Before we get to a more exciting answer, is it possible that it’s just the Suns again? The Suns win total sits at 51.5 after winning 51 games last year in a shortened season. They finally figured out the Ayton piece last year, still have a very young Devin Booker, and have an endless cast of players who can give more (Mikal Bridges, Cameron Payne, Landry Shamet, Cameron Johnson, and Jalen Smith). Giving this roster ten more games to win one more game seems like a great bet. If you’re feeling froggy and like the upside, you can also back them at +1,000 to have the best record in the NBA.

If we want to look elsewhere, the Memphis Grizzlies have a formula that matches typical surprise teams. The Grizzlies have a budding superstar in Ja Morant, a veteran leader in Steven Adams (more on him later), a supporting cast full of budding potential and developing youth (Dillon Brooks, Desmond Bane, Tyus Jones, Brandon Clarke). Possibly most importantly, Memphis has a guy with massive upside in Jaren Jackson Jr.

Yes, health has seemingly been an issue for him in all of his three seasons so far. But if JJJ can stay healthy, this season sets him up beautifully to finally show off his capabilities. Steven Adams (and second-year Xavier Tillman) can play the five, whereas, in previous years, Jackson was often asked to fill that role which muted his full complement of skills. . Jackson was voted anonymously by GMs to be the player most likely to break out - following his $105 million extension on Monday morning, this year would be a great year for Triple J to do so. Either way, Grizzlies o41.5 wins is a great bet.

This brings us to the best futures bet on the entire board. 

Combining this Memphis Grizzlies optimism with the impending failures of a Kidd-led Mavericks team, it’s pure blasphemy for the Mavs to be -275 favorites to win the Southwest division and equally insulting for the Grizzlies to be +450 to do the same. And bringing things full-circle, coaches of those surprise teams we mentioned previously frequently win Coach of the Year. With that in mind, Taylor Jenkins to win COTY at +2,200 would be a wise wager if you’re a believer.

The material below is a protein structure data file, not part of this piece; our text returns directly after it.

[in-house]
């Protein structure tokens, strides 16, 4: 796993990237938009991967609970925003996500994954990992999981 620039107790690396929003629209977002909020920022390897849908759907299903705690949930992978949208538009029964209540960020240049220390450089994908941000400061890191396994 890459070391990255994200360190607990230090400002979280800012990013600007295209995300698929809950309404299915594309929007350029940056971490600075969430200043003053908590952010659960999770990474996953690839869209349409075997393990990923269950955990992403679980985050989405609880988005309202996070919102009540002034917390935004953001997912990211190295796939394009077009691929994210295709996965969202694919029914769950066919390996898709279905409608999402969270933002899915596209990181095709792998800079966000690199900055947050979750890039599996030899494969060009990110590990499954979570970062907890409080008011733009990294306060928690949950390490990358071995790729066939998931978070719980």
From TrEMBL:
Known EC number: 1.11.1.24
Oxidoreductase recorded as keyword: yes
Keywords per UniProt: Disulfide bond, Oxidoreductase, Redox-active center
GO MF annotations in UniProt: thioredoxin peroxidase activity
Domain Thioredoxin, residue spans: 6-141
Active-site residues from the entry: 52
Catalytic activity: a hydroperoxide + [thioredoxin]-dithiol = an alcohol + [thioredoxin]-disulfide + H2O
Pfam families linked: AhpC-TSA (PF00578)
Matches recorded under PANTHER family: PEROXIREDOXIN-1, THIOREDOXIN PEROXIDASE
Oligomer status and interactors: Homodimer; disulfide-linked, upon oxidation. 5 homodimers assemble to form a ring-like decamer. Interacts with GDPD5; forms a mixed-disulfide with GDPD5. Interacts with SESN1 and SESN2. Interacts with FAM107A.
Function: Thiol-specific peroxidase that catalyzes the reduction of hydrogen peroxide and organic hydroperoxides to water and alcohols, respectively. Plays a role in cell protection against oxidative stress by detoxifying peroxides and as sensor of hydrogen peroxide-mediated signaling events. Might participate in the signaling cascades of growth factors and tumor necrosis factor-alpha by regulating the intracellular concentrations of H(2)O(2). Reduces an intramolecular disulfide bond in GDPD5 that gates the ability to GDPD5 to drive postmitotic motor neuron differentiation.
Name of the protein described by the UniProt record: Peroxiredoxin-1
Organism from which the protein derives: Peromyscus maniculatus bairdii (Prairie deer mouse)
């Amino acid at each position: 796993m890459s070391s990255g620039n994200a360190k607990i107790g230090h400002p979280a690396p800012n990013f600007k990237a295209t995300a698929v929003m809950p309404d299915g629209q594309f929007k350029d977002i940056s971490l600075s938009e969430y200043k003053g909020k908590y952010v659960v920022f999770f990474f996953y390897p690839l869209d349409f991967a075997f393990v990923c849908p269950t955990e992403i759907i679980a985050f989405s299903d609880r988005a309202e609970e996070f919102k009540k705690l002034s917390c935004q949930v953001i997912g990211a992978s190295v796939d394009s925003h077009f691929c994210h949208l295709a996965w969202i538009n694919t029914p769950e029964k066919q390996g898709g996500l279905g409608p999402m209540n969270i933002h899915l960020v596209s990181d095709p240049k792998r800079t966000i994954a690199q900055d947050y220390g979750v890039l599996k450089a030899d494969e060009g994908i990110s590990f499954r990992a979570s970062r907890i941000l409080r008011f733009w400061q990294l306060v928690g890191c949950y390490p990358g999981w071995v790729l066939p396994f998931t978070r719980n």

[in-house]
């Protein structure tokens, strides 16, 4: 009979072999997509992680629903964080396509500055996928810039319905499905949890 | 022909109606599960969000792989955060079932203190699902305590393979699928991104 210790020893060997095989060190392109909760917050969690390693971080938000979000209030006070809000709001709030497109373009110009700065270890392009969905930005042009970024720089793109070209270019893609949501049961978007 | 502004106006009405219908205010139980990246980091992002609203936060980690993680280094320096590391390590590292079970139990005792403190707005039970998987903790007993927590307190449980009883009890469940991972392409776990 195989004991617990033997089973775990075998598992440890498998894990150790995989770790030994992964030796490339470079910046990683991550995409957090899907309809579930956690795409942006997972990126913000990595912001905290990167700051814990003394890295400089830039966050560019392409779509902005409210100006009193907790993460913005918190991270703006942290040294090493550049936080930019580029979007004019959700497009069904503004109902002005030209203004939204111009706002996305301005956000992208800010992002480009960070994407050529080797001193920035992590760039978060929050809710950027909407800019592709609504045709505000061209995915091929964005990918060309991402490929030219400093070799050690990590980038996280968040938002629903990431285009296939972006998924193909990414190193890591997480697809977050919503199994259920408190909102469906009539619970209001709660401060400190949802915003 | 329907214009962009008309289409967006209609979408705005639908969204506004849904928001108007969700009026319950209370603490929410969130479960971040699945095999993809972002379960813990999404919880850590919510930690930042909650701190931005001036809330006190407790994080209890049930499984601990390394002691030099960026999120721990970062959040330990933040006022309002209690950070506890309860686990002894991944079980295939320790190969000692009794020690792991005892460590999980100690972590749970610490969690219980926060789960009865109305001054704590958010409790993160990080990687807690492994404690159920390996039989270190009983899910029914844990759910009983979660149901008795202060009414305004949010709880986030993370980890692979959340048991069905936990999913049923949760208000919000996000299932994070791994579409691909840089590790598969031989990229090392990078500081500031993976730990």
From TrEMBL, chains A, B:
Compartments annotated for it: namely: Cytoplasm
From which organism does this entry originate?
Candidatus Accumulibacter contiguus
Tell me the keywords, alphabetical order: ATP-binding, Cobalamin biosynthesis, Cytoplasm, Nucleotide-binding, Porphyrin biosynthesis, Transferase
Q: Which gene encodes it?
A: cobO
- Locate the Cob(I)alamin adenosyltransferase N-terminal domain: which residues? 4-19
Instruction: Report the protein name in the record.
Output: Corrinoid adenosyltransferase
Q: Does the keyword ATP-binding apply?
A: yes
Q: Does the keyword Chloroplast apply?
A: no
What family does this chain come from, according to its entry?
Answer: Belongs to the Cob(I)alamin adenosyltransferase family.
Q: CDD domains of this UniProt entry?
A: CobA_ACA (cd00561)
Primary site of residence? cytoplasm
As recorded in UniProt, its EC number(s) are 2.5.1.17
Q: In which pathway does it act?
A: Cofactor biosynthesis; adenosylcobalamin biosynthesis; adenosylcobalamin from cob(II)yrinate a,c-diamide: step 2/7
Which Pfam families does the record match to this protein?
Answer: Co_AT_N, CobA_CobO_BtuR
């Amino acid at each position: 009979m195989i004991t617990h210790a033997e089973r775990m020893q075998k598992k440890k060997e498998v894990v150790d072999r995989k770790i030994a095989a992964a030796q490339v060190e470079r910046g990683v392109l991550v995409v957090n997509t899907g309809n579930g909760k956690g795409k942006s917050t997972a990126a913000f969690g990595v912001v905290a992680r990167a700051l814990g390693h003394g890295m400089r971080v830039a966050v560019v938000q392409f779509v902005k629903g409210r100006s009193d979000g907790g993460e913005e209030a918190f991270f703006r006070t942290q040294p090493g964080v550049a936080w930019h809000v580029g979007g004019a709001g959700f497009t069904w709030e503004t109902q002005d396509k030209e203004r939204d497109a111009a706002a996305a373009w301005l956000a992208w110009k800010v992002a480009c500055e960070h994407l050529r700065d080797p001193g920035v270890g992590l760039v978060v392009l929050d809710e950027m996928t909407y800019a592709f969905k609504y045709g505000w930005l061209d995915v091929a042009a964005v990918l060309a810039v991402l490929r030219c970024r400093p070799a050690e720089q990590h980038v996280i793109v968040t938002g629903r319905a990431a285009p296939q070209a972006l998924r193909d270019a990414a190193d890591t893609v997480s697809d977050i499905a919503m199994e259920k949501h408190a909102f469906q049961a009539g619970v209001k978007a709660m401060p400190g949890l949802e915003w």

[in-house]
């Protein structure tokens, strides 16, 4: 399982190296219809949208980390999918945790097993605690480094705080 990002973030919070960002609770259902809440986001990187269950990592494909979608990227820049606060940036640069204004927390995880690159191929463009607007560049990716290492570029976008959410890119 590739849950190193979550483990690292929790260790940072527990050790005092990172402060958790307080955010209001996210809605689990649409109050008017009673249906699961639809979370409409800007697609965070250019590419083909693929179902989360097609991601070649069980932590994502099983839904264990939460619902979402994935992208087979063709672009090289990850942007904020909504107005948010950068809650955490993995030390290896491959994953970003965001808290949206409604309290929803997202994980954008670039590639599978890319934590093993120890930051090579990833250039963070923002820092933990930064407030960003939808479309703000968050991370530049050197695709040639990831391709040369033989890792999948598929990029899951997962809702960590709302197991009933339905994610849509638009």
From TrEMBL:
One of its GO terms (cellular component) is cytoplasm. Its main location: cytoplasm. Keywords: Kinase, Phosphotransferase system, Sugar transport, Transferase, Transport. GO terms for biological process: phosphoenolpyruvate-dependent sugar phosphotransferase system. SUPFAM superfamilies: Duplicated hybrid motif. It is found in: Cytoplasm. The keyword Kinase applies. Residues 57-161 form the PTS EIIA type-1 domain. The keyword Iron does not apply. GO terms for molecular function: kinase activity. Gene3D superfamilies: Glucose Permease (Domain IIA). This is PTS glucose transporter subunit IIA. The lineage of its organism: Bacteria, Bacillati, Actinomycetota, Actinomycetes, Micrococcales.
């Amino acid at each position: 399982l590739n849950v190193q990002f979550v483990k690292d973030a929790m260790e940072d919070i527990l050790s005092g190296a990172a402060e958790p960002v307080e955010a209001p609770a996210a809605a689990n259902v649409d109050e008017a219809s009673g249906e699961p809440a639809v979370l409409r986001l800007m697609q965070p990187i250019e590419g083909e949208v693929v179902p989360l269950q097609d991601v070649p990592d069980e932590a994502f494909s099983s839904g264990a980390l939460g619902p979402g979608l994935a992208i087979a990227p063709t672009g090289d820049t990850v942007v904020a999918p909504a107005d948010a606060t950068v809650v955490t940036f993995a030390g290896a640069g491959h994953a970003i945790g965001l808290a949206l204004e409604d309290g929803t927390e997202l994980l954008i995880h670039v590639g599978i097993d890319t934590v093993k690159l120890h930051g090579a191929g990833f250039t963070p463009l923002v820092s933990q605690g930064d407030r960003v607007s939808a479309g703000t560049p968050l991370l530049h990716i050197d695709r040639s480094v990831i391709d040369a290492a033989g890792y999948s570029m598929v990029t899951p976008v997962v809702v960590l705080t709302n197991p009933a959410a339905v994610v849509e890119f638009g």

Other quick hits: Hawks, Bucks, Bulls, Pacers

The Atlanta Hawks (win total of 47.5 wins) are another team with a lot of upside, and they also won’t have to go through a midseason coaching change. Atlanta is currently +4,000 to have the best record in the league, which is a fun, low-risk, high-reward stab that makes sense.

The Milwaukee Bucks (win total of 54.5 wins) return essentially their entire championship roster minus PJ Tucker while adding key depth contributors in Grayson Allen and George Hill and could also add in a potential Jordan Nwora emergence. On the other hand, it’s a quick turnaround for a team that played into July and had two of its big three players in the Olympics (Khris Middleton and Jrue Holiday). The Bucks should start very fast or very slow, and identifying that early could make for good returns.

The Chicago Bulls (win total of 43.5 wins) completely retooled their roster between the deadline acquisition of Nikola Vucevic last year and the additions of Demar Derozan, Lonzo Ball, and Alex Caruso. The problem? None of these guys are any good at defense, and their roster was already defense deficient before adding any of these guys. Keep an eye on the Bulls’ totals to start the season.

The Indiana Pacers (win total of 42.5 wins) are being outright disrespected this year. They had a 47.2 win percentage in last year’s shortened season, which is an entire 82-game season equates to nearly 39 wins. For a team that missed Malcolm Brogdon, Caris LeVert, Myles Turner, and TJ Warren for extended stretches last year, it’s hard to imagine this team not being able to put together four more equivalent wins this year. It also probably helps that there won't be a rift between the head coach and the players this year, as the Pacers replaced Nate Bjorkgren with Rick Carlisle. He boasts an impressive 54.8 percent career-winning percentage as a coach and has only missed the playoffs four times in his 19 years as a head coach. Pacers to make the playoffs at -150 or better is a no-brainer.